Wednesday Colloquium

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"Cosmic butterflies: the product of tempestuous stellar marriages"

David Jones (Instituto de Astrofísica de Canarias)

Planetary nebulae are some of the most strikingly beautiful astrophysical phenomena known, gracing many a glossy-paged, coffee-table book and earning them the nickname "cosmic butterflies". It is now clear that a significant fraction of these objects originate from a binary evolutionary pathway, with some theories even going as far as to say that binarity may be a prerequisite for all but the most massive stars to form a planetary nebula. In this seminar, I will begin by outlining some fundamentals of close binary evolution and how they relate to the formation of planetary nebulae. I will then go on to discuss some of our most interesting results, what they can tell us about the common envelope phase of close binary evolution, and the growing connections between these systems and other binary phenomena including novae and supernovae type Ia.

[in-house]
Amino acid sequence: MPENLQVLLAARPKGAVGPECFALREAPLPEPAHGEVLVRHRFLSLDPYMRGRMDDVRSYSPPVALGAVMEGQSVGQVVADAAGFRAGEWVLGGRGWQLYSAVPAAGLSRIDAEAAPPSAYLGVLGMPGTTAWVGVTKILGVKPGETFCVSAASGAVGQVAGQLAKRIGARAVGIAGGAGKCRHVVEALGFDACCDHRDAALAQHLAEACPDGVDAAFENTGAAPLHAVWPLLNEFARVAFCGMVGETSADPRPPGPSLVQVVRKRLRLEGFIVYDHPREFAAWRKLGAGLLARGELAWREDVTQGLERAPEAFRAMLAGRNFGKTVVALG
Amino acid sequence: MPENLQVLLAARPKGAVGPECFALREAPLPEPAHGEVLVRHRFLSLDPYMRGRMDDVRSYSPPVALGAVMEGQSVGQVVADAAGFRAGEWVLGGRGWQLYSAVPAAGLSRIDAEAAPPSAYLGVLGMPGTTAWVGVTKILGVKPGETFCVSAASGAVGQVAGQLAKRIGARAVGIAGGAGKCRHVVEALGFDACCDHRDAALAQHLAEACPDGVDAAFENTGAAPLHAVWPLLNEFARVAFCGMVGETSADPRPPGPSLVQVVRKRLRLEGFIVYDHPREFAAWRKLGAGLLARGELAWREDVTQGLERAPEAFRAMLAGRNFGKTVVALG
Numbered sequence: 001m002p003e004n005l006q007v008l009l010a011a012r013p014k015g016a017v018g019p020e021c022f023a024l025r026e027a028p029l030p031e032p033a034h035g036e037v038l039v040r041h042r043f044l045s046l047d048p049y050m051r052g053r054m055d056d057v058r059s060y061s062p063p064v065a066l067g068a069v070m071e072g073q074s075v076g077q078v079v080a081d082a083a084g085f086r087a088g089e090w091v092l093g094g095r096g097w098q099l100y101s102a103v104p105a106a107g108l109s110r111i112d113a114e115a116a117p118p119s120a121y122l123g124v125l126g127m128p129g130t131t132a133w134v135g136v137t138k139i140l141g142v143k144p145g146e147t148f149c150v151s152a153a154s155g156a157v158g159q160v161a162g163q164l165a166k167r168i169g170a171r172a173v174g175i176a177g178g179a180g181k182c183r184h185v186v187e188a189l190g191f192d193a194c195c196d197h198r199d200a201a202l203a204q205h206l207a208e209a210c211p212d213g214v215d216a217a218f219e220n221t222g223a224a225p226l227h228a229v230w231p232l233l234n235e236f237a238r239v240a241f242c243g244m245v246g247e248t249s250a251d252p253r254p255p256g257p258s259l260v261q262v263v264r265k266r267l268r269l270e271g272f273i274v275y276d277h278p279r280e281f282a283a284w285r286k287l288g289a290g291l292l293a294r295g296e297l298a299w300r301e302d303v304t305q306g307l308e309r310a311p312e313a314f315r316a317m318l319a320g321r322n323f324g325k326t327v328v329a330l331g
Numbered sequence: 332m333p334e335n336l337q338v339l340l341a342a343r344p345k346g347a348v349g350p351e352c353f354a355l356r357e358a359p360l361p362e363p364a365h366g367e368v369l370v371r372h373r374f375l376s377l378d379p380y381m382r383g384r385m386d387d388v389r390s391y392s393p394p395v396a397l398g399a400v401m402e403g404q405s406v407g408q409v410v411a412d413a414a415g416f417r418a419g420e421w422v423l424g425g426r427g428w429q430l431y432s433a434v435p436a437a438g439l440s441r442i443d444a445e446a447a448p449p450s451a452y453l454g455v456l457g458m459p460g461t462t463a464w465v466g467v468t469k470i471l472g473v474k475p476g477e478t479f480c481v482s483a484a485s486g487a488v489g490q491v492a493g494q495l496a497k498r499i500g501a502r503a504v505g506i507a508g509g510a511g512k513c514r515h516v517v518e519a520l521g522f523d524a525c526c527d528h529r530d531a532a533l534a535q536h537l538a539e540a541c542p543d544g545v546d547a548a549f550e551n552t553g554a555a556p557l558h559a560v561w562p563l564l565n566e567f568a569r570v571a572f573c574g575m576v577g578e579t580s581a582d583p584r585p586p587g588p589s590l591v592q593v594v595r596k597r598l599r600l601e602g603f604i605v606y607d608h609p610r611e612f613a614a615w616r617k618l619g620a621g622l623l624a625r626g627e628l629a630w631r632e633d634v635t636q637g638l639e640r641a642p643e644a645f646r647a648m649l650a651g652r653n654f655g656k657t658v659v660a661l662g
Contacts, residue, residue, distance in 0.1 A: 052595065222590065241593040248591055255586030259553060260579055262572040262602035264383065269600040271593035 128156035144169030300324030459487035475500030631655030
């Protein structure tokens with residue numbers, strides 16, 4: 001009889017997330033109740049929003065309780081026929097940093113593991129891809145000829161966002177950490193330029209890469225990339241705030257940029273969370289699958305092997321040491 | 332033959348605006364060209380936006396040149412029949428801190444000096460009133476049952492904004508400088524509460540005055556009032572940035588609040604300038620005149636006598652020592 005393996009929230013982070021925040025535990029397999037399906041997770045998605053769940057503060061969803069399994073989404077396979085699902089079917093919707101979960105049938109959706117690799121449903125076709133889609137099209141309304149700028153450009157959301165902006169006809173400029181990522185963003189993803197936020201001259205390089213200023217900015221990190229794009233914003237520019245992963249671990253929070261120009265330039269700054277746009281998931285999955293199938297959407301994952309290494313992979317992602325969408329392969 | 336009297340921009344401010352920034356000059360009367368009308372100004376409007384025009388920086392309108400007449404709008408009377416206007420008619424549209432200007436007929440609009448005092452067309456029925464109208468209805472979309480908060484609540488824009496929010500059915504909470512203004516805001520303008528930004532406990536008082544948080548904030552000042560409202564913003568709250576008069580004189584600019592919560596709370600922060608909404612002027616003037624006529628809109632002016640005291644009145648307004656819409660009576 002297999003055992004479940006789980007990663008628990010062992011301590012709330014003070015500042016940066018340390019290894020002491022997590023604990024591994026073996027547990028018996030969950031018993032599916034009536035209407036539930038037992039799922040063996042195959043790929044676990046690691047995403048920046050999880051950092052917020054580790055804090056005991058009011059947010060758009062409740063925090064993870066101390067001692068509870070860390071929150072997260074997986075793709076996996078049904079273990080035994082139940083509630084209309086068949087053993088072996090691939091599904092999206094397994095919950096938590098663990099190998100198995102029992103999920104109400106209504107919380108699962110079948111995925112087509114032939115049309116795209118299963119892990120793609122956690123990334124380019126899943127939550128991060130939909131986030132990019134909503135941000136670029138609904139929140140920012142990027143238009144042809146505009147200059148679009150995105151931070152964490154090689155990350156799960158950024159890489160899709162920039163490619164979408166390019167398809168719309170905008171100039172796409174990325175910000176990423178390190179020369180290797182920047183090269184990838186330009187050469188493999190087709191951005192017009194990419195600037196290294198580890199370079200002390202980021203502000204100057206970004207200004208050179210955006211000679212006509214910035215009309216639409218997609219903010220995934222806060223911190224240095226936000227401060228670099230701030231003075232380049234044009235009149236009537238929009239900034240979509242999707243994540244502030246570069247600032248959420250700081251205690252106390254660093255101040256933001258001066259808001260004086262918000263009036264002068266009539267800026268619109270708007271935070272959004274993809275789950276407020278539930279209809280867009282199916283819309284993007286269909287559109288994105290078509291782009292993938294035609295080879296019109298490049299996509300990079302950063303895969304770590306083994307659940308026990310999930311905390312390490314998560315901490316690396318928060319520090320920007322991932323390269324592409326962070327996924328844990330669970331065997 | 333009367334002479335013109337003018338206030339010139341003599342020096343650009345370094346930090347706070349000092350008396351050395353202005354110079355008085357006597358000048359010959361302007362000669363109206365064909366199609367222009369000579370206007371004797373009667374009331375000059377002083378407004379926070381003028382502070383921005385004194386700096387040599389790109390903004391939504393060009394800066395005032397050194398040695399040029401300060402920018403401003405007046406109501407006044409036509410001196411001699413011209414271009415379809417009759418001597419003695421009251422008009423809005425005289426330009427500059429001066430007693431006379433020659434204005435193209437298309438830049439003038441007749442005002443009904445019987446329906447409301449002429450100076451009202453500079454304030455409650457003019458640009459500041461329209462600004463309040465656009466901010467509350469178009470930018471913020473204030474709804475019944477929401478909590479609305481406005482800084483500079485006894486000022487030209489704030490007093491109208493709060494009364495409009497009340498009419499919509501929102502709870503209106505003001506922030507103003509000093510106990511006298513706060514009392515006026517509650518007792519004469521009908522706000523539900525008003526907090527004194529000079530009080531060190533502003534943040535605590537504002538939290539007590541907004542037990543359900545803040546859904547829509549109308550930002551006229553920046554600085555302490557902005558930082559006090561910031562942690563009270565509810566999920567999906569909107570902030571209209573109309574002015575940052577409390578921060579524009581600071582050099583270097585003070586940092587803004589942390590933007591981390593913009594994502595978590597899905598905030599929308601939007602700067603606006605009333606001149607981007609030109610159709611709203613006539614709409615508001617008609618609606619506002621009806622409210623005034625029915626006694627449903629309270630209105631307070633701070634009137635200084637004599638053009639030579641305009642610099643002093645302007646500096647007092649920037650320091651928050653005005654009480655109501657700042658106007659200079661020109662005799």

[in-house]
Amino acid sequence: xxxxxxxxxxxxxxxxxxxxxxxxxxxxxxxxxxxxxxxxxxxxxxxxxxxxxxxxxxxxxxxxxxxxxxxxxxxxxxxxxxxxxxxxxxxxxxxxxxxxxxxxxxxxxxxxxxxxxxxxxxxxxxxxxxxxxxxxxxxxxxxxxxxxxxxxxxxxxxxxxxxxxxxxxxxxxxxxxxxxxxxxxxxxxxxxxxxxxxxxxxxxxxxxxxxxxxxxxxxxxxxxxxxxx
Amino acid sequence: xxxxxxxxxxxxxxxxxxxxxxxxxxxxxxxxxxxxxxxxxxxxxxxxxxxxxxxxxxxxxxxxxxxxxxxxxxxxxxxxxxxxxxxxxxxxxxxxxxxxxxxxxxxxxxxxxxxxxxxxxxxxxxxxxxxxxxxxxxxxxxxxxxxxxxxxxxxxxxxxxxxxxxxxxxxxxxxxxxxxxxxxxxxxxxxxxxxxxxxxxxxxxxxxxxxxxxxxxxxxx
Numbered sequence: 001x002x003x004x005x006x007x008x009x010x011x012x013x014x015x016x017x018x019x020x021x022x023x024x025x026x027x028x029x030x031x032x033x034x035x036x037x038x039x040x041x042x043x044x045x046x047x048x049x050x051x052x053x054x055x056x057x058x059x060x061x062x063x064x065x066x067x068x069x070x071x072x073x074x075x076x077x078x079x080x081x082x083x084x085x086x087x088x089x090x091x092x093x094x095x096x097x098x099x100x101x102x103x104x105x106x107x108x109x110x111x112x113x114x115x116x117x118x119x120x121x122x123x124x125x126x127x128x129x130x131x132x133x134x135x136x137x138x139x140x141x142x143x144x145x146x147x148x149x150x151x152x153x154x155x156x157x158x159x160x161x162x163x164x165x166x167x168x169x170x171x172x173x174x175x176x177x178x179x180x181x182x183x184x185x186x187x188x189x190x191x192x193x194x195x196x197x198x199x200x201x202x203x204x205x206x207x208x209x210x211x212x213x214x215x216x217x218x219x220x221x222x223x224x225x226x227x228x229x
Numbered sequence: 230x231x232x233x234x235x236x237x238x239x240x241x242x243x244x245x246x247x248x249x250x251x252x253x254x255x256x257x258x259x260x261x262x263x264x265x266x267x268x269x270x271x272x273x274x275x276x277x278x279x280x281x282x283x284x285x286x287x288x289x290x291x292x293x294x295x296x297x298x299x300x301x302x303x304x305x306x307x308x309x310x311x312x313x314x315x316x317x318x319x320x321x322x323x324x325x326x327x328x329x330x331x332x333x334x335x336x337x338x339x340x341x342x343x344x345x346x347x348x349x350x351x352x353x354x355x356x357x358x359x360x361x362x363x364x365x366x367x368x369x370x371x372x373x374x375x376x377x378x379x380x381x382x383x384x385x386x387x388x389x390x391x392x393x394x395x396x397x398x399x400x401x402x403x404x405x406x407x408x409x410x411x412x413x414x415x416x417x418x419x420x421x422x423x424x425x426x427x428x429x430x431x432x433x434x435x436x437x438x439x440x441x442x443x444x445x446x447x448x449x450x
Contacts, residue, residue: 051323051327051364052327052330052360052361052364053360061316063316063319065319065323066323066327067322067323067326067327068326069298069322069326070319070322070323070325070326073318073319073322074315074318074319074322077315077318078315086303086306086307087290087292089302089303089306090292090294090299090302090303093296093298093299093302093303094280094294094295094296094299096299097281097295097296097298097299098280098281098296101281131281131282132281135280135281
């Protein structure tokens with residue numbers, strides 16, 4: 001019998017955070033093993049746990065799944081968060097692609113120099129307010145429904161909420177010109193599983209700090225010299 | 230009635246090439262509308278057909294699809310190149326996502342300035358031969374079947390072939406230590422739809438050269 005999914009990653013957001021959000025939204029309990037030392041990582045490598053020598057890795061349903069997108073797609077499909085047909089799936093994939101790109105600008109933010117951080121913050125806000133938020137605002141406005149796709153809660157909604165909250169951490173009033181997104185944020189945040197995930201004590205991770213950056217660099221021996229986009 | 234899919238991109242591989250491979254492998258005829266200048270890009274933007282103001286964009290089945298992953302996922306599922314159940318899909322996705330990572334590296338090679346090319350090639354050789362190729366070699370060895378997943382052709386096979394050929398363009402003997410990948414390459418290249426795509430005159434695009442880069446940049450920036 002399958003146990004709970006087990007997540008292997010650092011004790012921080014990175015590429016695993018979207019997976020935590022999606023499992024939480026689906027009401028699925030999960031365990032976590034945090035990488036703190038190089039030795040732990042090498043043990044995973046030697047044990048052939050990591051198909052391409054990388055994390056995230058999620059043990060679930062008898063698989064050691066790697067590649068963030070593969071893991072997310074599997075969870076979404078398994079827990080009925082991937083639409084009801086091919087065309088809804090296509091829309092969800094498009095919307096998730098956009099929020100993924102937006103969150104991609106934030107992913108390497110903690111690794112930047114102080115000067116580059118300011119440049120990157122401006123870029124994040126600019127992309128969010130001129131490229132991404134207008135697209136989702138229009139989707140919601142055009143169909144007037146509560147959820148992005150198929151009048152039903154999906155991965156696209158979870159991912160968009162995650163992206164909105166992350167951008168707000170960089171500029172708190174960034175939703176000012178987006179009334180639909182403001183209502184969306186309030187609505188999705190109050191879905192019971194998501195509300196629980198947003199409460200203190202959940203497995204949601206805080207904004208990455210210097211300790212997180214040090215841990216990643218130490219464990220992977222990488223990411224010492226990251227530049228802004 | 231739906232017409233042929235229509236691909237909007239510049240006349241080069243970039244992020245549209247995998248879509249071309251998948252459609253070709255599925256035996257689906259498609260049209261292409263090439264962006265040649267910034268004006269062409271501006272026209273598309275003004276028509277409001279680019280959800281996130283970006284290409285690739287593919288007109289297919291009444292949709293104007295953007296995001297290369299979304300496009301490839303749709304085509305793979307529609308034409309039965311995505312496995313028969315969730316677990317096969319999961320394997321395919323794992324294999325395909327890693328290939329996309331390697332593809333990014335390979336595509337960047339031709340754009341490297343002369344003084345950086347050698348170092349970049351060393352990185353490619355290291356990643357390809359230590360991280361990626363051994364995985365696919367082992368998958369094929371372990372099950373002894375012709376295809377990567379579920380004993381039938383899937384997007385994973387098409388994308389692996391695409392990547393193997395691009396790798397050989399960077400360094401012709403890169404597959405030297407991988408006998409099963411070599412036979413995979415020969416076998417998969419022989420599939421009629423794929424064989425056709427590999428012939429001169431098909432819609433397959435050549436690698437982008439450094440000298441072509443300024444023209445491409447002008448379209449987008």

"Discovery of a new class of pulsating stars"

Paweł Pietrukowicz (Astronomical Observatory, Warsaw University)

Thousands of pulsating stars have been detected in the Milky Way and other galaxies of the Local Group over the last decades mainly thanks to large-scale variability surveys. It seemed that all types of pulsating stars had been recognized. By monitoring about one billion stars in the sky, the OGLE survey has discovered extremely rare, short-period objects whose properties do not fit to any class of known pulsators. Theory shows that the newly discovered objects are evolved low-mass stars with a giant-like structure, but their origin remains a mystery.

"A simple approach to gravitational wave data analysis"

Tomasz Bulik (Astronomical Observatory, Warsaw University)

The recent discovery of binary black hole coalescence by LIGO is based on a few cycles seen in a fraction of a second. I will show how the information about the binary can be inferred from the observed variation of the signal in time using only basic physical arguments.


Benoit Famaey (Observatoire Astronomique de Strasbourg)


Jonathan Zrake (Columbia University)


M.Ali Alpar (Sabanci University, Istanbul)